7 Expert Things to Say in Your Cover Letter

what should your cover letter say

What should your cover letter say? The answer is simple but is going to take some time for you to think through. Effective cover letters often discuss a few points that propose why you are an effective candidate for the position.

Carefully implementing these communication strategies into your cover letter can change your cover letter from a generic one to a highly targeted, opportunistic business letter.

7 Things to Say In Your Cover Letter

An effective cover letter proposes these seven discussion points

Your understanding of their business culture

Propose the fact that you understand what their business values. Show the reader that you know their work ethic, their office culture values, and how they value their own work. Speak to that in the opening paragraph if you can. This will target your cover letter to the business and show you’re passionate about their business.

Your willingness to relocate or travel

If the job description mentioned travel, reinforce that you’re okay with travel. The frequent ask will be roughly 20% to 30% of your annual working hours that are committed toward travel. Speak to the fact that you’re okay with that.

Reinforcing your ability to relocate can be an effective way to show passion for the business and supporting that your interest is in working with them, regardless of the geography.

Your soft skills that are required for the job

In the job description, employers often list not only requirements or duties of the job but desired skill sets. These skills are considered either hard skills (like knowing computer programming languages) or soft skills (like knowing how to motivate others). Speak to the soft skills that the job requires.

Your previous work achievements

What have you accomplished? What’s significant? What can you share that will make you stand out as a candidate as well as show that you know how to perform the job to the nth degree? Share bullet points of your achievements as a way to support this idea to the reader.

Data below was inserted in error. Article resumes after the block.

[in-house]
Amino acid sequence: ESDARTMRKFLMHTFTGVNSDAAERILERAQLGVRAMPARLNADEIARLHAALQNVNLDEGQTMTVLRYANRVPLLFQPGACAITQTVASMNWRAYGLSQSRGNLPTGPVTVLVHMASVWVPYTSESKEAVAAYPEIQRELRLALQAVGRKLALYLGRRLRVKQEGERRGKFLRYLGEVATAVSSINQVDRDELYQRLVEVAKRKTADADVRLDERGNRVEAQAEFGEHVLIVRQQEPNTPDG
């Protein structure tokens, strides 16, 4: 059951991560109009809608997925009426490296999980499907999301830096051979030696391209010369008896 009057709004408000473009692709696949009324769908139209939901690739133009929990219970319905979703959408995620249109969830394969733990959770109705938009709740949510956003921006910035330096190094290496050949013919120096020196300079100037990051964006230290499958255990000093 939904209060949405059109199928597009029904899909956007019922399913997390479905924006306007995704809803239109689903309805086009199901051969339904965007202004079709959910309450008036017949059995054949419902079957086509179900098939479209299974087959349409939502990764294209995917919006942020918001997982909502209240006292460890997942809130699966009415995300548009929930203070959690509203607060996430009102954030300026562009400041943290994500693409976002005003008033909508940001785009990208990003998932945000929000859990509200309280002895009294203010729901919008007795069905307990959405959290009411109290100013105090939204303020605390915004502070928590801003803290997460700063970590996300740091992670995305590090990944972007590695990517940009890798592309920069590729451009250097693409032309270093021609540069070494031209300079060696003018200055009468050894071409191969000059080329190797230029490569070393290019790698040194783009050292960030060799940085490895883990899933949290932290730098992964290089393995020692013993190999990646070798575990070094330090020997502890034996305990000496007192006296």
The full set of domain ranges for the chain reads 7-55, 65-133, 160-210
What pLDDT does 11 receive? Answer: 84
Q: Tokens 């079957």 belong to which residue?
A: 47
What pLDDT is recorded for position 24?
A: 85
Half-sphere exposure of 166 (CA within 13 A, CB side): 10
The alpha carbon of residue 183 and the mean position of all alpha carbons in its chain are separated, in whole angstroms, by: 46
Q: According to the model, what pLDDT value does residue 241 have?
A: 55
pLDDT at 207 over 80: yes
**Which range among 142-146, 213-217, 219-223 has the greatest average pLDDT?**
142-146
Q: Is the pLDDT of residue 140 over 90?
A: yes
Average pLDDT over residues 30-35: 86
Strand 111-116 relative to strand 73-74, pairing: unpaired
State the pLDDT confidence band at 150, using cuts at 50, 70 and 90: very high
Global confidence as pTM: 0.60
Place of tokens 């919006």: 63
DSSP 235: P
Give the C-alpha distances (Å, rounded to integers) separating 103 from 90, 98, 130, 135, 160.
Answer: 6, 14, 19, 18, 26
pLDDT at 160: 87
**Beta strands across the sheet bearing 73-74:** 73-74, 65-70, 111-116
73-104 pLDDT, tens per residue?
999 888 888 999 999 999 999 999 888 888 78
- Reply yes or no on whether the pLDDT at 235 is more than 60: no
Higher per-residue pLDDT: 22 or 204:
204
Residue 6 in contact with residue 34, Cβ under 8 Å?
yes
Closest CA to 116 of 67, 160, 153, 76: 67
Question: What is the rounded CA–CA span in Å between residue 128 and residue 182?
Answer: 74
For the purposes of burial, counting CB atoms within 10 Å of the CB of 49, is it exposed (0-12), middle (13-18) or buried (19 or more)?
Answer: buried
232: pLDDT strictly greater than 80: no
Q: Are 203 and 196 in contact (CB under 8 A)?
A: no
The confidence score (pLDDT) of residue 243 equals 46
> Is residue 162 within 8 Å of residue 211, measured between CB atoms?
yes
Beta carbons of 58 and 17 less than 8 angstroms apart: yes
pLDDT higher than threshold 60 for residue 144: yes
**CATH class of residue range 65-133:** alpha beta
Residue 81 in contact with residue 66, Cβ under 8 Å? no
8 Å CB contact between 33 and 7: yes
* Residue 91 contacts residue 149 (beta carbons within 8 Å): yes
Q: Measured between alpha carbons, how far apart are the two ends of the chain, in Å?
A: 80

Use anywhere from three to four impactful bullet points from any previous job experience that speaks to your ability to perform both the job and within the company.

Personalize your letter

Don’t say “To Whom It May Concern” when you address the cover letter. Instead, speak to the manager of the department you’re applying for or speak to the hiring manager if you can find their name through the job posting online or through LinkedIn.

If you don’t know the managers name or the hiring managers name, personalize the letter by speaking to the CEO: “Dear Mr. Smith”.

If you don’t feel comfortable with that approach then use a backup like “Dear Hiring Team” or something more unique than “To Whom It May Concern.”

Speak to the job requirements

Reiterate the fact that you comprehend the job requirements and the type of work environment that is conducive to the success that you can create. For example, a teacher. Their cover letter should speak to what makes their in-class experience unique.

If you didn’t find the job through the job posting, perform a Google search using the company name and the job title to find the online listing. This can be a great way to target talking points for your resume, cover letter, and future interview.

Mention why you’re unique

If you followed all of the rules above, you’ll stand out. But how can you stand out even more? Share something insightful about yourself. Is it an educational achievement? A club that you’re part of? A unique fact? Personalize your letter by sharing something that’s going to be attractive to the employer as well as make them smile.

Bonus: Speak to company goals

A Google search for the company might show recent news, press releases, earnings reports, or other facts that can help you learn about what the company is valuing this year or this quarter. You can use that information to better target your cover letter in a way that proposes what you might be able to bring to the job function as well as to the company. Learn which products, services, or goals the company has. Then try to support your ability to perform against those goals.

author: patrick algrim
About the author

Patrick Algrim is an experienced executive who has spent a number of years in Silicon Valley hiring and coaching some of the world’s most valuable technology teams. Patrick has been a source for Human Resources and career related insights for Forbes, Glassdoor, Entrepreneur, Recruiter.com, SparkHire, and many more.

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